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Publication numberUS6501663 B1
Publication typeGrant
Application numberUS 09/514,484
Publication dateDec 31, 2002
Filing dateFeb 28, 2000
Priority dateFeb 28, 2000
Fee statusPaid
Publication number09514484, 514484, US 6501663 B1, US 6501663B1, US-B1-6501663, US6501663 B1, US6501663B1
InventorsAlfred I-Tsung Pan
Original AssigneeHewlett Packard Company
Export CitationBiBTeX, EndNote, RefMan
External Links: USPTO, USPTO Assignment, Espacenet
Three-dimensional interconnect system
US 6501663 B1
Abstract
A three-dimensional interconnect system is disclosed. The interconnect system electrically connects electrical devices that are disposed on different physical planes. The interconnect system includes a plurality of contiguously interconnected electrically conductive droplets such as solder ball droplets produced by a print-on-demand solder jet system. An interconnect is formed by repeatedly ejecting the conductive droplets along a predetermined path between components to be connected. Each ejected droplet is disposed adjacent to another ejected droplet to form a contiguously linked chain of droplets that bridge a physical gap between the components. A non-conductive coating can be deposited on the interconnect to protect the interconnect from damage and to encase the interconnect. The electrical resistance of the interconnect can be reduced by reflowing the droplets that form the interconnect, whereby the coating that encses the interconnect is operative to maintain the shape of the interconnect after reflow.
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Claims(11)
What is claimed is:
1. A three-dimensional interconnect system, comprising:
a first electrical device including a first contact pad, the first electrical device is disposed on a first physical plane;
a second electrical device including a second contact pad, the second electrical device is disposed on a second physical plane, and the first and second electrical devices are positioned in fixed relation to each other to prevent relative movement therebetween;
a plurality of contiguously interconnected electrically conductive droplets defining an interconnect, the interconnect including a plurality of segments selected from the group consisting of substantially horizontal segments, substantially vertical segments, and a combination of horizontal and vertical segments,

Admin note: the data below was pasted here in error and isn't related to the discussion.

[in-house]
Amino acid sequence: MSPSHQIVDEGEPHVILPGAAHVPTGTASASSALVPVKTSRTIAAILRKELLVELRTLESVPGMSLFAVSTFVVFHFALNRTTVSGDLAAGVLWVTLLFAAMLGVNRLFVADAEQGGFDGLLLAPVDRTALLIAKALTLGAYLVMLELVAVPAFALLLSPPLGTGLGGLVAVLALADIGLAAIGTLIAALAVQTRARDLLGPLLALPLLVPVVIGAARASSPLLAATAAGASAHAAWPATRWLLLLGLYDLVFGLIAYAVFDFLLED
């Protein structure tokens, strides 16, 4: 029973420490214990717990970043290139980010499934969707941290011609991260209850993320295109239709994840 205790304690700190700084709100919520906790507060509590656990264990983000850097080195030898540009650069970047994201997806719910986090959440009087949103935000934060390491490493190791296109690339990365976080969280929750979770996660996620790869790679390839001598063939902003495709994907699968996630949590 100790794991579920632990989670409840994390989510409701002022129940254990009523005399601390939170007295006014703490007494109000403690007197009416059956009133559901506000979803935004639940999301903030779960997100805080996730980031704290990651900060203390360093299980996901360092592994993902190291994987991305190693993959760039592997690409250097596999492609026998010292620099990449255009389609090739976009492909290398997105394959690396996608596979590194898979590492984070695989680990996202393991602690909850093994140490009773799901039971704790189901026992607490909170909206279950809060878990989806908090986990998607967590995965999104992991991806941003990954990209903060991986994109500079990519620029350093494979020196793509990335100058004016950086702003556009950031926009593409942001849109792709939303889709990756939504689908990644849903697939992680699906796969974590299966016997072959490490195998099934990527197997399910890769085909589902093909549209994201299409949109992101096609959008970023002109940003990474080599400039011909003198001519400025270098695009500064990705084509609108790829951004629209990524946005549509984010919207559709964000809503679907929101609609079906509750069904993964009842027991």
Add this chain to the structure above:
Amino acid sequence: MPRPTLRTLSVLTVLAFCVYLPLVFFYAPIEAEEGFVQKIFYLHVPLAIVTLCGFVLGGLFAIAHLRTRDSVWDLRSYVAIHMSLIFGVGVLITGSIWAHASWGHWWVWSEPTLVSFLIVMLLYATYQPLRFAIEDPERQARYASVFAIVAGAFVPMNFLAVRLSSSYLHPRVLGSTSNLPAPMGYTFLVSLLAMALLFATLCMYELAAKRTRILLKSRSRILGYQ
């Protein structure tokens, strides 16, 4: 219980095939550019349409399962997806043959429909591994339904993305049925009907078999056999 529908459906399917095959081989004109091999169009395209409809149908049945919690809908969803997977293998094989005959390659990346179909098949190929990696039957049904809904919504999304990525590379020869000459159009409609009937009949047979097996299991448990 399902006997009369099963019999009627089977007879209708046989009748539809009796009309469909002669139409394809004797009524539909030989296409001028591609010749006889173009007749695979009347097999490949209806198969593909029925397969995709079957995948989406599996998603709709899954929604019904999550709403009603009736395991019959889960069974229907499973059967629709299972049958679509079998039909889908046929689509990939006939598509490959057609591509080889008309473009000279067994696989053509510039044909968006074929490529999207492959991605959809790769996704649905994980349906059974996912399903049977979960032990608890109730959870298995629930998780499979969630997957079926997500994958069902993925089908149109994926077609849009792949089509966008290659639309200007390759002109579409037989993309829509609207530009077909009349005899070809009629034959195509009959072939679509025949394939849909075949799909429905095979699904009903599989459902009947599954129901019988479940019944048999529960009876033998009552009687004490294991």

the interconnect is disposed on a portion of the first and second contact pads and is in electrical contact with the first and second contact pads such that the interconnect is operative only to electrically connect the first electrical device with the second electrical device, and;
wherein at least a portion of the interconnect is disposed on an edge selected from the group consisting of a horizontal edge, a vertical edge, and a combination horizontal and vertical edge of the first and second electrical devices.
2. The three-dimensional interconnect system of claim 1, wherein the first electrical device and the second electrical device are physically connected with each other to prevent relative movement between the first and second electrical devices.
3. The three-dimensional interconnect system of claim 1, wherein the electrically conductive droplets are made from a material selected from the group consisting of a metal, a conductive polymer, and solder ball droplets.
4. The three-dimensional interconnect system of claim 1, and further comprising a conformal coating disposed on and encapsulating the interconnect.
5. The three-dimensional interconnect system of claim 4, wherein the conformal coating is a material selected from the group consisting of an adhesive, an inorganic coating, and a polymer.
6. The three-dimensional interconnect system of claim 4, wherein the interconnect is reflowed within the conformal coating that encapsulates the interconnect, whereby the conformal coating protects the interconnect from physical damage and substantially retains the shape of the interconnect after reflow, and whereby an electrical resistance of the interconnect is reduced after reflow.
7. The three-dimensional interconnect system of claim 1, wherein at least one of the electrical devices includes a beveled edge and at least a portion of the interconnect is disposed on the beveled edge.
8. The three-dimensional interconnect system of claim 1 and further comprising an interface coating disposed intermediate between adjacent surfaces of the first and second electrical devices and at least a portion of the interconnect is disposed on the interface coating.
9. The three-dimensional interconnect system of claim 8, wherein the interface coating is a material selected from the group consisting of a polymer and an inorganic material.
10. The three-dimensional interconnect system of claim 8, wherein the interface coating has a surface shape selected from the group consisting of a sloped surface and an arcuate surface.